“For me, harp also means a relationship. Do you think the hours you spend practicing and the discipline you have to put in don’t leave a permanent mark on you? It’s a powerful bond you’re pulled into, so powerful that you learn and grow through it. You develop a relationship that is much stronger than most of the connections you wind up in. And to play an acoustic instrument and persist with it even through the hard times… For me, there’s no better way of staying sane.”
Her hometown, Ljubljana, is a city where all the concert venues are accessible either by walking or biking. While nobody at home played an instrument, next door to her place was a legendary pub dedicated to music. “And I had a father who would buy me tickets for any concert I wanted to see.” Seeing numerous concert performances covering a wide range of genres, “you can’t look back and say it wasn’t formative to a quite crucial extent!”
However, don’t be too quick to think that this music comes only from this one city in a tiny little country. Studying in Reykjavík, Iceland, has brought an important expansion of horizons in terms of artistic creativity, musical genres, contexts of sound-making and deep listening, as well as more concerts and an interdisciplinary, historically-grounded thinking about music. Another international exploration that took place in Leipzig, Copenhagen, and Berlin can tell a story of the formation of rouge-ah‘s solo expression, equipped with abundant music production knowledge and noise-making tricks, a computer, and instruments. “It all gave me a better understanding of what I would like to create and express through my art”.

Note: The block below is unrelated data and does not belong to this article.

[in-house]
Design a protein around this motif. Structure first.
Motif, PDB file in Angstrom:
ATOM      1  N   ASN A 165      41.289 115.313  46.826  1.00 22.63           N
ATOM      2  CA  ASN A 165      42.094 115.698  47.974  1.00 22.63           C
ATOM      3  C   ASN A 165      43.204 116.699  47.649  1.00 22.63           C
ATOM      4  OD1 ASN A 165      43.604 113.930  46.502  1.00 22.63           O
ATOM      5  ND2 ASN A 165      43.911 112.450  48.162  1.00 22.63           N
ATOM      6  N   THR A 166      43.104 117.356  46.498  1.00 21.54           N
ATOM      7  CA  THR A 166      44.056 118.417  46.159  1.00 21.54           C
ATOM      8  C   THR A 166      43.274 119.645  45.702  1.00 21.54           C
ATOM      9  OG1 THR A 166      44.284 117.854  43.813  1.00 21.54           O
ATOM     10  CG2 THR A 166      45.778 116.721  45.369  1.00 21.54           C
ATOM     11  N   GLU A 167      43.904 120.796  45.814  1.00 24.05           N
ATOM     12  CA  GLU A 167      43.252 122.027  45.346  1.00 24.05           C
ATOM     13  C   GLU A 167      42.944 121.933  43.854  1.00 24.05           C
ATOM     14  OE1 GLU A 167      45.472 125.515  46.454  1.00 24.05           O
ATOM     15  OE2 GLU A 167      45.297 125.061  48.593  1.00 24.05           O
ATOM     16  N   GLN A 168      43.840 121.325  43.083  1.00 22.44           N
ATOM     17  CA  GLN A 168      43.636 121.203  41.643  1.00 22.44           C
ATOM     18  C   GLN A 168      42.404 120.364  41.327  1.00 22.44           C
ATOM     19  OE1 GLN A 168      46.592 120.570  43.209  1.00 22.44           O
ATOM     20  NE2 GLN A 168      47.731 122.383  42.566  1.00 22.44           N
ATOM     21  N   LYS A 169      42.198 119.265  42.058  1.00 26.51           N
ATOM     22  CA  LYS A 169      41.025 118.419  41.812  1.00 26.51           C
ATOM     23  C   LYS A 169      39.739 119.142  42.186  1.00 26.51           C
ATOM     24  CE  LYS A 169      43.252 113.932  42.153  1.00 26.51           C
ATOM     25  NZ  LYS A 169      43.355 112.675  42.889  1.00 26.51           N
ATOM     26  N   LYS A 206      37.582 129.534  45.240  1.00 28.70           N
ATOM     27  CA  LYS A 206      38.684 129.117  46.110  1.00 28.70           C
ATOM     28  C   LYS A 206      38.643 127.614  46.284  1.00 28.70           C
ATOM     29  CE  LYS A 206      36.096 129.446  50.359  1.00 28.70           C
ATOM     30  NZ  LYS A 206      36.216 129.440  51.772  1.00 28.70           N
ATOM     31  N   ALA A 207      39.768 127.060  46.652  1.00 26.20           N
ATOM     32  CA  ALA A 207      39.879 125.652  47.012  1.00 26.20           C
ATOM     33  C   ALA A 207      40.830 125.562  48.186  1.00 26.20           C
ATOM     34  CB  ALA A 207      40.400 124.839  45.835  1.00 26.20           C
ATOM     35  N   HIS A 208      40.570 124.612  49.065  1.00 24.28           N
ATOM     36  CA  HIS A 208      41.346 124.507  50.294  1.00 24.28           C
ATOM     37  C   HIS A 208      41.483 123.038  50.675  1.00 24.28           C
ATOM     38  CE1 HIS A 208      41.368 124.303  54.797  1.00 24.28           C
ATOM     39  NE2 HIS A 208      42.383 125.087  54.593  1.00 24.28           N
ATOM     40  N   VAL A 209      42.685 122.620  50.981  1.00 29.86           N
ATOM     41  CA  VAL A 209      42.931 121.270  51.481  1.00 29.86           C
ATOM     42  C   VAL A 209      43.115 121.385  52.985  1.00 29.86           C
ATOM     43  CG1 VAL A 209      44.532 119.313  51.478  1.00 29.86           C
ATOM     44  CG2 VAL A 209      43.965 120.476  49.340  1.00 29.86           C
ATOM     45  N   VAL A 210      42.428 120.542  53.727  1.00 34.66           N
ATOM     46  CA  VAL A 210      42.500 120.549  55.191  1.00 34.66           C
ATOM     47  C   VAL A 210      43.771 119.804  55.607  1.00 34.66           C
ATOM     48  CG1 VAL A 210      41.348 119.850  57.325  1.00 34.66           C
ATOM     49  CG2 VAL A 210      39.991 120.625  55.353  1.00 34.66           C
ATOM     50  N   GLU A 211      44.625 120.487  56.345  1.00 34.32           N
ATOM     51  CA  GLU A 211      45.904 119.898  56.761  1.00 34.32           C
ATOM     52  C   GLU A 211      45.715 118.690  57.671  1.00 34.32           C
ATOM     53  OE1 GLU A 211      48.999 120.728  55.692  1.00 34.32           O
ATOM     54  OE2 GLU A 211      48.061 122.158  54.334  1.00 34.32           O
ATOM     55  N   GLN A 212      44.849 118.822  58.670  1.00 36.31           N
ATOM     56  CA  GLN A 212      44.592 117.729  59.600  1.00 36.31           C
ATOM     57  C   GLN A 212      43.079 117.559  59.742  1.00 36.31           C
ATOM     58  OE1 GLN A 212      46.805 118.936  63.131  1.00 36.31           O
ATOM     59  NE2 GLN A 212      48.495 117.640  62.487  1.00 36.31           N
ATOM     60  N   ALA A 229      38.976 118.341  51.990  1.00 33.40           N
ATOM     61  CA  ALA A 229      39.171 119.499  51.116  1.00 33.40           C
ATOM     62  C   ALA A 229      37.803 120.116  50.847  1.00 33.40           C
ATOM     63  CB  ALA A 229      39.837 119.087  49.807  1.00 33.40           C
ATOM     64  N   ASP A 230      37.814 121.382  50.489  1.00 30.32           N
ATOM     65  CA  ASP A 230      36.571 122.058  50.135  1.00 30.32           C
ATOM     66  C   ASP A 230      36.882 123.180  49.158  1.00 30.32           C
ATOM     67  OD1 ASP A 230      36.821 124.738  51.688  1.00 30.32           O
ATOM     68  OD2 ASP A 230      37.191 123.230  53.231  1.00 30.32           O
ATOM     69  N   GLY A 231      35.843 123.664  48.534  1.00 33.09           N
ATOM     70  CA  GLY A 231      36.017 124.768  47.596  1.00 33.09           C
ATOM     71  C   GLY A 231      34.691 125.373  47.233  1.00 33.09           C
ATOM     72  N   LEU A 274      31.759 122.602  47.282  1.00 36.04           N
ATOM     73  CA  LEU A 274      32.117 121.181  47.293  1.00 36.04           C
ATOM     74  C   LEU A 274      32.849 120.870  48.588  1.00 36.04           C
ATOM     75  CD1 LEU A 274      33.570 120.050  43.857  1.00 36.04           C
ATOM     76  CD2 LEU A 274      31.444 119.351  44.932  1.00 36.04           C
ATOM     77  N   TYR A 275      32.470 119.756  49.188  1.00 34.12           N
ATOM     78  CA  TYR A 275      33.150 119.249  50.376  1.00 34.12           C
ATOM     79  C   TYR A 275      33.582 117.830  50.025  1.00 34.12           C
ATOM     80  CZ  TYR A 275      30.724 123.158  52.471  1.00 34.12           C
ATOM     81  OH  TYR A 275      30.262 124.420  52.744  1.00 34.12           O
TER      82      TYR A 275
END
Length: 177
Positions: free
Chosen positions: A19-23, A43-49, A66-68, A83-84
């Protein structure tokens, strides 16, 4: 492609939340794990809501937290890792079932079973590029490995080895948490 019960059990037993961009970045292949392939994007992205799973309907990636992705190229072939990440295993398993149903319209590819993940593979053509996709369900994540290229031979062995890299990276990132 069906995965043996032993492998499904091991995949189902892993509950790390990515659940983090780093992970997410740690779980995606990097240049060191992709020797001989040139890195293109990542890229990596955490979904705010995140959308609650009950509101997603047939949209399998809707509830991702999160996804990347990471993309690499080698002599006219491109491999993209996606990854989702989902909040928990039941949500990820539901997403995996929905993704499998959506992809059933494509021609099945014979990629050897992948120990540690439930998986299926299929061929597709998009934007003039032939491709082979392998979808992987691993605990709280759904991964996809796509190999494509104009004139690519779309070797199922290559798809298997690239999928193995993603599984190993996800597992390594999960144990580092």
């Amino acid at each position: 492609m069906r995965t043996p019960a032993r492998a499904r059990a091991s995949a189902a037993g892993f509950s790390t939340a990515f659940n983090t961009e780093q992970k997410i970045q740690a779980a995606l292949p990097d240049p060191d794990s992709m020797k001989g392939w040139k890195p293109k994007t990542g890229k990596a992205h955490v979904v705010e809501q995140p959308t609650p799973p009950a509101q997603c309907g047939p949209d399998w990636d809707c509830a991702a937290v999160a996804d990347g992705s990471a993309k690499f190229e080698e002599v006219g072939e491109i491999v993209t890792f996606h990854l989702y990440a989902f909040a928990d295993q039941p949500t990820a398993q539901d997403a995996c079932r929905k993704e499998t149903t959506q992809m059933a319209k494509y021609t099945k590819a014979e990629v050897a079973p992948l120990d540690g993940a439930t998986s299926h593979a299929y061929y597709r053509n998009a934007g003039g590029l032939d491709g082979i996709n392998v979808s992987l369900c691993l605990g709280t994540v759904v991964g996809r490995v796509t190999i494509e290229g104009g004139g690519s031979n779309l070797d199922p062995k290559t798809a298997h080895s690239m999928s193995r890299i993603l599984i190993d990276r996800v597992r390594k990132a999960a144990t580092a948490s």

The final context of these nine compositions is deeply personal. It’s a sonic self-image that has arisen out of written notes and some field recordings. The latter possibly won’t work for everyone, perhaps anyone, in the ways they work for the author. However, subjective and intimate, these compositions are firmly grounded in affective materiality of emotions, specific written fragments and stories, from which moods, vibrations, and ambiances took their shapes. Fixed as recordings, they are now free and out in the open for interpretation and resistance. Forming a personal disclosure signaling that voice is not enclosed anymore, a sonic self-portrait of this kind is an act of laying bare, an opening of the flesh, and a contribution to the world for anyone to relate, create, and resist.
— Luka Prinčič